Wednesday, June 29, 2011

War is expensive, part 2.

U.S. cost of war at least $3.7 trillion and counting | Reuters

For every person killed on September 11, another 73 have been killed since.

Astounding... I think it's fair to say America has overreacted a little bit.  That is only a rough (low) estimate since the Pentagon doesn't make official death toll announcements for Afghan and Iraqi civilians.  Or indirect dying as a result of PTSD, illness, or other trauma.

The report underlines the extent to which war will continue to stretch the U.S. federal budget, which is already on an unsustainable course due to an aging American population and skyrocketing healthcare costs.

Again, 3.7 trillion is given as a conservative estimate.  That will go higher if America doesn't get out of the war business.  It is time to reevaluate our priorities and end the culture of armed conflict.

Tuesday, June 28, 2011

Mind Your Manners with Mimi

YouTube - ‪BOBSMOKETV's Channel‬‏

This lady is great! I say give her a YouTube Channel and a series of video blogs.  Add some internet buzz and you'll get a Mimi meme.

Monday, June 27, 2011

War is expensive.

Among The Costs Of War: $20B In Air Conditioning : NPR
 The amount the U.S. military spends annually on air conditioning in Iraq and Afghanistan: $20.2 billion.
That's more than NASA's budget. It's more than BP has paid so far for damage during the Gulf oil spill. It's what the G-8 has pledged to help foster new democracies in Egypt and Tunisia.
I hope more congressmen begin to see our 21st century wars as Sen. Manchin does:
When you have this many people in a country that doesn't want you there — that has no economy, no infrastructure and a corrupt government — and you're trying to stabilize it and build them into a viable nation? I'm not sure we have enough time, and I definitely know we don't have enough money.
America is still spending money for war operations in Afghanistan and Iraq but politicians won't increase revenue from taxes.  That leads to national debt and that, in turn, is hamstringing our national economic recovery efforts.

Politicians make this so complicated...  but it is simple.  When governments fight wars, they have to pay the bill by increasing taxes.  America had huge national fundraising drives during WWI and WWII and the premise is still true today.  Tea party folks seem to forget that.

And nearly all 21st century politicians are beholden to poll numbers, lobbyists, and MSNBC/Fox viewers.  It's never easy to tell Americans, "sacrifice your standard of living", but that is exactly what we need to do in order to pay our debts.

Please understand that I do not support war in Afghanistan or Iraq and would love to bring every American soldier home tomorrow.  But those are already sunk costs and it makes no sense to continue piling up national debt.

In order to buy bullets, we need to bite one and raise tax revenue.

Friday, June 24, 2011

An argument for lowering the voting age

Why should holding office be for old people only? - War Room -
The U.S. Constitution sets strict age requirements for election into federal office -- 25 for the House, 30 for the Senate, and 35 for the presidency. Most Americans probably take these age minimums for granted and don’t think twice about them. But they actually represent an antiquated, imprudent and even pernicious form of state-sanctioned discrimination -- one that undermines our democratic republic more than you may realize.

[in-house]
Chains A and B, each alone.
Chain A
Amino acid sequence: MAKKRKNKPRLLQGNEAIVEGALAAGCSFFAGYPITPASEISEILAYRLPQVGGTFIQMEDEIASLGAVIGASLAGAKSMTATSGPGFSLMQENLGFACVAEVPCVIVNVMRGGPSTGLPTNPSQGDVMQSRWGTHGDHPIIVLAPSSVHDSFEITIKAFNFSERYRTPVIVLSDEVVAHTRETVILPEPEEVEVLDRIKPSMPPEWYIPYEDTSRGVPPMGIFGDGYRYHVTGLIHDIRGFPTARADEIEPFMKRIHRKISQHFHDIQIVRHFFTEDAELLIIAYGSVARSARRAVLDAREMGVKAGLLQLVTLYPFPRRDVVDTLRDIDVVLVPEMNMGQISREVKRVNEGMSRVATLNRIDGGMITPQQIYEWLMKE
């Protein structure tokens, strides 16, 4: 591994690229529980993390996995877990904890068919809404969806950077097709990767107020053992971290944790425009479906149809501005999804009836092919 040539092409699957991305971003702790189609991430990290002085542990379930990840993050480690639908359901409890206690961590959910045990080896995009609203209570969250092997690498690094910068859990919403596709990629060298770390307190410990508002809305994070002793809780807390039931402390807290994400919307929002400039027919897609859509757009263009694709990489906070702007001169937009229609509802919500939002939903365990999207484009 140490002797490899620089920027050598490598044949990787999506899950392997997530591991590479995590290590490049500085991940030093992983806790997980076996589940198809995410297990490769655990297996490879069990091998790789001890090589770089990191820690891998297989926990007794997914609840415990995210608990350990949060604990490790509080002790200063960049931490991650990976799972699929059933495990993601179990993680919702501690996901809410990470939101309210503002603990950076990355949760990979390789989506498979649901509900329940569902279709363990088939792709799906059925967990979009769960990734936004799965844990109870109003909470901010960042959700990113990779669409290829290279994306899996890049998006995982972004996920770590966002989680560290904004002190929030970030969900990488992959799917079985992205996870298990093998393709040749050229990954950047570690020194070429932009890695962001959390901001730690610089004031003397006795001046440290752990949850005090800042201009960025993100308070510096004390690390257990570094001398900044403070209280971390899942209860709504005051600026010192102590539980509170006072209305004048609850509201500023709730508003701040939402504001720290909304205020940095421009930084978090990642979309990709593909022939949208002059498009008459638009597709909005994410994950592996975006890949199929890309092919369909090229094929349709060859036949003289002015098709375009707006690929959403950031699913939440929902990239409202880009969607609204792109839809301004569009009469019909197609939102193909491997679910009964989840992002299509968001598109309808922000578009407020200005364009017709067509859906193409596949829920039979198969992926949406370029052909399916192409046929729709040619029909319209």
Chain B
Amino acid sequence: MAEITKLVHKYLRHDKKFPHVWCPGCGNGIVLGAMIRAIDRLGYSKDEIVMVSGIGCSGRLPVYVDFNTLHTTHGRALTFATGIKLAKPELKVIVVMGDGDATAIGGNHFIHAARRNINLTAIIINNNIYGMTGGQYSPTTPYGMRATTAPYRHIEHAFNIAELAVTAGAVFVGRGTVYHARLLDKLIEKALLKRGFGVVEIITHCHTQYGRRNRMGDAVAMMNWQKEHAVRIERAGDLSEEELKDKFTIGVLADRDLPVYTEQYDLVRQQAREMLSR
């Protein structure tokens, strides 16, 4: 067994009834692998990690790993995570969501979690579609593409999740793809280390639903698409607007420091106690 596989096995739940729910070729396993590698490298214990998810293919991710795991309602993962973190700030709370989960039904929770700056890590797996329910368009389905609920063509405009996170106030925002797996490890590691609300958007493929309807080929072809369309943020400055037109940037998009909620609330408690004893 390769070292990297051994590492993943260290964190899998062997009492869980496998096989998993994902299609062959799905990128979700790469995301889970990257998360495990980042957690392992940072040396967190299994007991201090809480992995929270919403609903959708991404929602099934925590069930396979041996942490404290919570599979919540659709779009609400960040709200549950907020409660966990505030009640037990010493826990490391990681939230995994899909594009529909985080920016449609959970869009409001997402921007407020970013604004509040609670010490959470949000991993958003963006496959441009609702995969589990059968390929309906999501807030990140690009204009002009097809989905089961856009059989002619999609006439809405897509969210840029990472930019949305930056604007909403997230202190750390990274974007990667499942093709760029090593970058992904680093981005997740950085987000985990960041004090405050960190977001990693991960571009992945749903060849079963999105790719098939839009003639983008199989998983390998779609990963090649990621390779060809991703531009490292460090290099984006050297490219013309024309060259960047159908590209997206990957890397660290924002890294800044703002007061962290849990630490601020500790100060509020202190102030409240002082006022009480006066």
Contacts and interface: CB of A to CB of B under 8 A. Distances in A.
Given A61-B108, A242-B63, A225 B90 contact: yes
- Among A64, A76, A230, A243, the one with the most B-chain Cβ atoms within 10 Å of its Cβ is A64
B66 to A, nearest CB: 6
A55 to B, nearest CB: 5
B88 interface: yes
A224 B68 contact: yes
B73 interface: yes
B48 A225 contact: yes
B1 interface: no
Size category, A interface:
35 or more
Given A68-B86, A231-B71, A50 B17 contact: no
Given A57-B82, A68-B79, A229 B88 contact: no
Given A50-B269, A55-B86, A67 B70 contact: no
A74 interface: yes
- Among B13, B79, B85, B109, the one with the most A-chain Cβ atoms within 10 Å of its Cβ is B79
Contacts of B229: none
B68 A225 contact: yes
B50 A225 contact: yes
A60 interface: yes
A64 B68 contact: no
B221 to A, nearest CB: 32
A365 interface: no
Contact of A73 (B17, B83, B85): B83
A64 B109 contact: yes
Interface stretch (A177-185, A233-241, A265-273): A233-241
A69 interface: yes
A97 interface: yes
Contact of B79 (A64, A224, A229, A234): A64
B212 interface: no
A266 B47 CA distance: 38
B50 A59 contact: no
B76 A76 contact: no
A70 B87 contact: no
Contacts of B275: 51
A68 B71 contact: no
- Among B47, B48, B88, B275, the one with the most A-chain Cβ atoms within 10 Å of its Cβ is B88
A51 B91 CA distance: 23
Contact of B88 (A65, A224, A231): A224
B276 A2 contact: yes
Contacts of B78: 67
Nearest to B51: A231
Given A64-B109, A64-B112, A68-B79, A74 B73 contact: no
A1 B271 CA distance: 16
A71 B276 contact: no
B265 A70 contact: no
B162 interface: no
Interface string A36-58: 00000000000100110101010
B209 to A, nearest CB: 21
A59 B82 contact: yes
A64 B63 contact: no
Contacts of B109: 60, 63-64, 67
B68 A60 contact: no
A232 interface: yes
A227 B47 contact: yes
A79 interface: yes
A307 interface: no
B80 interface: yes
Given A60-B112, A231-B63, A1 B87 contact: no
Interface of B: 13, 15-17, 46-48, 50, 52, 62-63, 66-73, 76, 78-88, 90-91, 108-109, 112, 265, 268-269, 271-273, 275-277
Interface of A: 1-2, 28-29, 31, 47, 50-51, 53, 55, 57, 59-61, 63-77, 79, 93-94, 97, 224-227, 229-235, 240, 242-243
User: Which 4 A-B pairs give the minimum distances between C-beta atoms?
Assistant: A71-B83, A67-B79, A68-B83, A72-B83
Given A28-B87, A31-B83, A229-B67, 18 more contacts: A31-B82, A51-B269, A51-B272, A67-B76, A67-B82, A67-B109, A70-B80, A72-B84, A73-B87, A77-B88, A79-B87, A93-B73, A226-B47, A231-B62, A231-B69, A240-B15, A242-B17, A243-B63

Here's my summary of John Seery's argument:
1. Many other countries allow young people to run for office and they bring a unique perspective to election debates.
2. Other fields (sports, business) have great young professionals, therefore there may be some great young politicians that are not allowed to participate due to age requirements.
3. There exists a generational gap between Americans and their elected officials.
4. Young people are disenfranchised because they can vote for, but not serve as, elected officials.
Those are convincing arguments and surely debate worthy.  I would love to have some real facts, though.  Canadians may have elected six University students to Parliament, but have they done any good work?  Do young elected officials produce better legislation?  Are there any studies to find out whether lowering the age of candidacy would spur more young people to seek office?
And are there any studies to the contrary?  Since "good judgement" is correlated with prefrontal cortex development, couldn't we say that elected officials over age 25 are better for our country?

Spend money wisely.

There are some good comments at YouTube, here is my favorite.

Barking Cat

Wednesday, June 22, 2011

Governor Parnell doesn't know a good thing when he sees it.

Parnell still says he is going to cut the budget by $400 million. I wish he'd give up the heavy-handed threats. Alaska just went through a costly special session in May, partly because Governor Parnell threatened to veto capital spending projects for districts who opposed him.

Of course, I would like more education and social service funding, but this is the best budget our legislature could craft. Governor Parnell, do you really think your judgement is that much better than the collective wisdom of our House and Senate?

Oh, and Parnell... if you are so concerned about balancing the budget and maintaining our $11 billion budget reserve, stop trying to reduce our revenue with your flip-flopping 2 billion dollar-a-year tax cuts. Go ahead and sign the budget already!

Monday, June 20, 2011

"I'm sort of a logical person..."

James Verone has no job and no health insurance, so he decided to get arrested.  He wants the government to pay for 3 years of medical care, food, and shelter.

Given that our taxes are paying for his medical care, shouldn't we demand a cheaper and better alternative for James?

Man robbed bank for $1 to cover jail health care |